J = (2.47 ± 0.23) · 10
At the end of his analysis, Dicke found that new independent measurements of the
solar oblateness were needed, to make c omparison between data taken with different
faculae activity o n the Sun. In 1975, new observations were made by Hill and Stebbins
[30]. They considered a complication raised in Hill’s work [31] of a time vary ing excess
of eq uatorial brightness due to sunspots and faculae. It is clear that to measure the
difference between the polar radius and the equatorial radius, we must first be sure on
which point to take as equatorial solar edge. The point is to give out a consistent def-
inition of the solar limb. This can be done by using a proper limb darkening function.
Hill et al. demonstrated that the excess brightness can be easily monitored by using a
proper analytic definition of the s olar edge, using the FFTD [32]. It was pointed out
that the main problem in this kind of measurements is identifying some point on the
limb darkening curve as the so lar edge . It is clear that if more points on the darkening
curve can be taken as solar edge, many differe nt definition of solar radii c an be gave and
many different measures of solar oblateness done. The differences be tween these values
will co ntain information about the shapes of the limb profiles. The value obtained from
Hill for the intrinsic visual oblateness is (18.4 ± 12.5) · 10
arcsec which is obviously
in conflict with the va lue of Dicke-Goldenbe rg. In this confused situation another g roup
decided to construct an instrument to measure long term changes: the Sola r Diameter
Monitor (SDM) at The High Altitude Observatory [33]. Their purpose was to determine
which kind of solar diameter variation was taking place, if any, within a re asonable period
of time (3-5 years). The SDM beg an operation in Aug. 1981. An accurate discussion
on the measured duration of so lar meridian transit during six years between 1981 and
1987 is made in [34] wher e Brown and Chr istensen-Dalsgaard adopted adjustments to
the modified IAU value for the astronomical unit (value of 1.4959787066 · 10
Mm, US
Nava l Observatory, 1997) to take into account for the mean displacements between the
telescope’s noontime location and the Earth’s centre. T hey also corrected for the dis-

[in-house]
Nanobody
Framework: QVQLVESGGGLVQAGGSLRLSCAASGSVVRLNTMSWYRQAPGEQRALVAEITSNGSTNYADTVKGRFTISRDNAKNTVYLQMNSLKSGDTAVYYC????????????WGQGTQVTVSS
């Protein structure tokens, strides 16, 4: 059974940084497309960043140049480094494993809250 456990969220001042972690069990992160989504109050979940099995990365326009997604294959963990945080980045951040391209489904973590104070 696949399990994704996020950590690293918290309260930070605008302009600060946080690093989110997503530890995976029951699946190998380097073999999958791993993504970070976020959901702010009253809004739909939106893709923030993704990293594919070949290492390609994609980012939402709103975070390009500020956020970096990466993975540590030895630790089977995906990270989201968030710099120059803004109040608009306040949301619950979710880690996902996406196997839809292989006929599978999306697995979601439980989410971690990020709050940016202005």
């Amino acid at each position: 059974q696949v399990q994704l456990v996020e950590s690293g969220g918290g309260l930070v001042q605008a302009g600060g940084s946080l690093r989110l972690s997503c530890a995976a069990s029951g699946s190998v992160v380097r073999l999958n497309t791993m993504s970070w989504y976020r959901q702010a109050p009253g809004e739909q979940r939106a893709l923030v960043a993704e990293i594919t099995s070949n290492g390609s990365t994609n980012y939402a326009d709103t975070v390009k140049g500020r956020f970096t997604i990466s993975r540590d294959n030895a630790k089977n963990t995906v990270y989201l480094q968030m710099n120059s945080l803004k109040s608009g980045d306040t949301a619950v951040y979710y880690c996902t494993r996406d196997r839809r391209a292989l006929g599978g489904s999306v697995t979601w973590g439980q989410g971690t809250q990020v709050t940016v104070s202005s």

placements of the Sun’s centre relative to the barycentre of the Ear th-Sun system. They
found the s olar radius to be R
= (695.508 ± 0.026) Mm which is about 0.5 Mm smaller
than the Allen (19 73) value of 695.99 Mm. Moreover, Brown and Christensen- Da lsgaard
found no significant variations in the solar diameter during their observational period:
their annual averages for the years 1981-1987 all agree within ±0.037 Mm. Toulmonde
[35] discuss e d about 71000 measurements regarding almost 3 00 years of data: he did not
find evidence of any secular variation in his data.
8. – Solar Disk Sextant measurements
Further attempts to measure the solar oblateness have been ma de with the Solar
Disk Sex tant (SDS) which is an instrument made to monitor the size and shape of the
Sun. The principle of the instrument is well described in Sofia, Maier and Twigg work
[36]. Basically a pr ism whit an opening angle very stable along the years is posed in
front of the objective of a telescope, and it produces tweo images of the Sun at focal
plane. The distance between the center of those images is dep e nding on the focal lenght
of the telescope, while the gap between the two limbs depends on the angular diameter
of the Sun. The same idea is exploited in using two pinholes instead of one and has
been proposed for simpler proto types of SDS[37], whose images are unaffected by optical
distortions. Considered that the so lar radius changes until now repo rted are to b e of the
order of 1 arc se c per century, the SDS instrumental accuracy was as ked to keep calibrated
on 0.01 arc sec/year and a stability of 0.003 arc sec/year was reached. The really good
feature of the SDS consists in the fact that the instrument accuracy requirements are fo r
relative rather than absolute va lues of the radius which led to a solar edge point detection
accurate to 1/10 pixel on the instrument. With statistical methods one can have a further
reduction of a 10 factor. The SDS e arly version was developed to be carried into space
during Space Shuttle flights, but unlikely the Challenger accident took place. This led to
the needs to change strategy avoiding important delays. SDS was mounted on a system
for ground based observations but it was soon clear that no valuable s c ientific data could
be obtained from ground because the atmosphere’s influence. So the SDS was mounted
on a stratospheric balloon and it measured solar oblateness[11]. A complete analysis of
his 4 flights data (1992 , 1994, 19 95 and 1996) is still in progress.